Notre Dame tight end Kyle Rudolph scored a 95-yard touchdown in the second game of the season.
That long scoring catch and run seemed to remove doubt that a preseason hamstring injury would hamper him for the rest of the season.
But even during the run in an eventual 28-24 loss to Michigan on Sept. 11, Rudolph temporally thought about his injury.
"I'd be lying if I said I wasn't worried when I was running," Rudolph said. "It is just something where you are running and hoping for the best. I was joking before, it would be funny to see how fast I'd be able to run 95 yards with two good legs. I was able to run fast enough to score."
What Rudolph won't be able to do fast enough is heal from a hamstring injury that got worse after six games this season.
The 6-foot-6, 265-pound junior will not play the rest of the season after the stress on a pair of tendons in his right leg snapped, separating his hamstring from the bone.
Rudolph had been limited in wins over Boston College and Pittsburgh because of the hamstring injury that he suffered before the start of fall camp, but had tried to play through the pain.
He underwent an MRI on Monday, the first MRI he had on the leg this season, and the severe injury was discovered.
"You know, he's a courageous kid and he's tried to fight through it," Kelly said when he announced the news Tuesday during his afternoon news conference. "Unfortunately it's led to, you know, him being sidelined for the season.
"I thought he was in great hands with our training staff, with our doctors. It was a Sunday conversation with our training staff and doctors. It was a daily interaction we had with Kyle.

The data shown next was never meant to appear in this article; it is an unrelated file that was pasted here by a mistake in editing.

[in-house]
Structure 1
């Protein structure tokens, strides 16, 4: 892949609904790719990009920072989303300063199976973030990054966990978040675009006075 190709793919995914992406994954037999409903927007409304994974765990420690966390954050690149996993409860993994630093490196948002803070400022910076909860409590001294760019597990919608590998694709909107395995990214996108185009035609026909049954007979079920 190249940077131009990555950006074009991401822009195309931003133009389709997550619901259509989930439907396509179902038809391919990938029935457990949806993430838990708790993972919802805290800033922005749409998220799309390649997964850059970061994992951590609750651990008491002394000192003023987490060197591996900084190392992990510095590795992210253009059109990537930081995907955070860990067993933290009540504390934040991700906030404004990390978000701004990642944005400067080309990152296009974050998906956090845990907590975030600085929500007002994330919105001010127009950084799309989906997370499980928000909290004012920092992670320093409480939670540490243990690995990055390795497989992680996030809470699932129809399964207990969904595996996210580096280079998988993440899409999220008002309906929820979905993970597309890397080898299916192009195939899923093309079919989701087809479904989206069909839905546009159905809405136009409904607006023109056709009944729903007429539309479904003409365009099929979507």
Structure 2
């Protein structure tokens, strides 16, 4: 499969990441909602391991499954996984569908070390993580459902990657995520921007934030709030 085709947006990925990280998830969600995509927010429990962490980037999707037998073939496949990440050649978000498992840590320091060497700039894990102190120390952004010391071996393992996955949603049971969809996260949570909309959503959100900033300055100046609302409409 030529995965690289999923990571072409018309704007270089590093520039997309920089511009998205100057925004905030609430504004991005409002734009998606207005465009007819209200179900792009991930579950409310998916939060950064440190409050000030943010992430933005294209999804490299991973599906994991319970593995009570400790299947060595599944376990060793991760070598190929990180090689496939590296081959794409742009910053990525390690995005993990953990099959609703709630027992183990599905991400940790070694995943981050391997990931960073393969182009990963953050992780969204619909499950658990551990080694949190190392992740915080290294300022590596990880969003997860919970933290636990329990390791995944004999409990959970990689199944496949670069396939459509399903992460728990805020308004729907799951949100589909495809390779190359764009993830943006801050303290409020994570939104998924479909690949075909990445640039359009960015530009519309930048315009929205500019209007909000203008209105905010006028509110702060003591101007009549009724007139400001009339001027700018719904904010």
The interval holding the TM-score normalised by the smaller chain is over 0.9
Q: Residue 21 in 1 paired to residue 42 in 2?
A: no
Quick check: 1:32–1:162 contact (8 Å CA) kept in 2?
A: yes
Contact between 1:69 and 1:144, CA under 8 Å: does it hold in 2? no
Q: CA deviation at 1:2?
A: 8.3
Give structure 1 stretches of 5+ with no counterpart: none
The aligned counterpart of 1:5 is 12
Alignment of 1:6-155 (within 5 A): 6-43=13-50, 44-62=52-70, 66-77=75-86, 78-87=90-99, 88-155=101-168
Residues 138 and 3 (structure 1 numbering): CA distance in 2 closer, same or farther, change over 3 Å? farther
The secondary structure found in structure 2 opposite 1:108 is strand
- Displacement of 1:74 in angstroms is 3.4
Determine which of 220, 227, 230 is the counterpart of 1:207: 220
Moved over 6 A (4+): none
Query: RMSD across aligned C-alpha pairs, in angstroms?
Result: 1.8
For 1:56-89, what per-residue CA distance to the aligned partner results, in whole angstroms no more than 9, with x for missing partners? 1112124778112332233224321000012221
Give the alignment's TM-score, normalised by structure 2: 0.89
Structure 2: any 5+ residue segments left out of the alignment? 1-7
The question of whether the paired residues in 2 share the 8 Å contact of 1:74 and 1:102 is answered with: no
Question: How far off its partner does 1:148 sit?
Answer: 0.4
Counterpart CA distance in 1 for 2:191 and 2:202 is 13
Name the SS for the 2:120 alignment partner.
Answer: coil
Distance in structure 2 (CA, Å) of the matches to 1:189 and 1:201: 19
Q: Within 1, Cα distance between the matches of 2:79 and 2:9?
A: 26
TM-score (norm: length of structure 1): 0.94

"Just one of those unfortunate things that occurs in a sport like this, and this is an injury that's unfortunately is becoming a lot more common because of the explosiveness of these young men. I think we have covered all of the things that we needed to do relative to this injury, and it's just one of those unfortunate things."
Rudolph said he is talking with his parents about who will perform the surgery and where it will happen, as well as mapping out a rehab plan. Kelly said it typically takes six months to return from this type of hamstring injury.
"All we know is that the surgery has to be done soon," Rudolph said. "It is something that you can't put off and wait a couple of weeks. The farther it gets away, the more problems you are going to end up having."
This is the second time in as many seasons Rudolph will miss games because of an injury.
He separated his left shoulder last season and didn't play in losses to Pittsburgh and Connecticut. He was also limited in the season-finale loss at Stanford and had off-season surgery to repair his shoulder.
Rudolph said the news of his hamstring injury was surprising.
"God has a plan for everything, and whatever doesn't kill you makes you stronger," Rudolph said. "For me, I'm just going to have the surgery, get started on my rehab and do everything I can to get 100 percent and get myself ready for next year."
As for where he will play next year, Rudolph said he isn't thinking about that yet.
Before the injury, he was rated as the top tight end prospect for the upcoming NFL draft.
"All of my focus now is on the surgery, and getting myself to 100 percent and getting a jumpstart on my rehab," Rudolph said.